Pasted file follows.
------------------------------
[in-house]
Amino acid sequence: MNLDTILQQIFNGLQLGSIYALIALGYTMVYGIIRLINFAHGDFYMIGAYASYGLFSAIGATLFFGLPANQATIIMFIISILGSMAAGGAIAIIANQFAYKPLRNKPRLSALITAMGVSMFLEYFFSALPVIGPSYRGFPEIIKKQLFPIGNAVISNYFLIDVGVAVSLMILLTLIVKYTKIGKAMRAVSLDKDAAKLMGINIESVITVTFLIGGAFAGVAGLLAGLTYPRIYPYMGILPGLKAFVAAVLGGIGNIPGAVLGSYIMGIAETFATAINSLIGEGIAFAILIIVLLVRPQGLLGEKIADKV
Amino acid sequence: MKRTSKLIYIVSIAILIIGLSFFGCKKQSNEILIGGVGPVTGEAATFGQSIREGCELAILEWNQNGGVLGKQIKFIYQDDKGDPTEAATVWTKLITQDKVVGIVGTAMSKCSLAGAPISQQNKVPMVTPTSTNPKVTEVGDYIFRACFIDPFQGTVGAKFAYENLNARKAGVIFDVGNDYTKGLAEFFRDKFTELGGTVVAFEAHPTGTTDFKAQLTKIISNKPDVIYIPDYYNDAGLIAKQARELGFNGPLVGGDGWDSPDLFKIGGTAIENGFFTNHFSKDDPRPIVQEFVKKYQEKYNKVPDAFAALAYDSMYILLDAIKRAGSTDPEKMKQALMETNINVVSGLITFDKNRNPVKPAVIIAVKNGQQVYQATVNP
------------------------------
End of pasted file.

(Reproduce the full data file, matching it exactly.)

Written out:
[in-house]
Amino acid sequence: MNLDTILQQIFNGLQLGSIYALIALGYTMVYGIIRLINFAHGDFYMIGAYASYGLFSAIGATLFFGLPANQATIIMFIISILGSMAAGGAIAIIANQFAYKPLRNKPRLSALITAMGVSMFLEYFFSALPVIGPSYRGFPEIIKKQLFPIGNAVISNYFLIDVGVAVSLMILLTLIVKYTKIGKAMRAVSLDKDAAKLMGINIESVITVTFLIGGAFAGVAGLLAGLTYPRIYPYMGILPGLKAFVAAVLGGIGNIPGAVLGSYIMGIAETFATAINSLIGEGIAFAILIIVLLVRPQGLLGEKIADKV
Amino acid sequence: MKRTSKLIYIVSIAILIIGLSFFGCKKQSNEILIGGVGPVTGEAATFGQSIREGCELAILEWNQNGGVLGKQIKFIYQDDKGDPTEAATVWTKLITQDKVVGIVGTAMSKCSLAGAPISQQNKVPMVTPTSTNPKVTEVGDYIFRACFIDPFQGTVGAKFAYENLNARKAGVIFDVGNDYTKGLAEFFRDKFTELGGTVVAFEAHPTGTTDFKAQLTKIISNKPDVIYIPDYYNDAGLIAKQARELGFNGPLVGGDGWDSPDLFKIGGTAIENGFFTNHFSKDDPRPIVQEFVKKYQEKYNKVPDAFAALAYDSMYILLDAIKRAGSTDPEKMKQALMETNINVVSGLITFDKNRNPVKPAVIIAVKNGQQVYQATVNP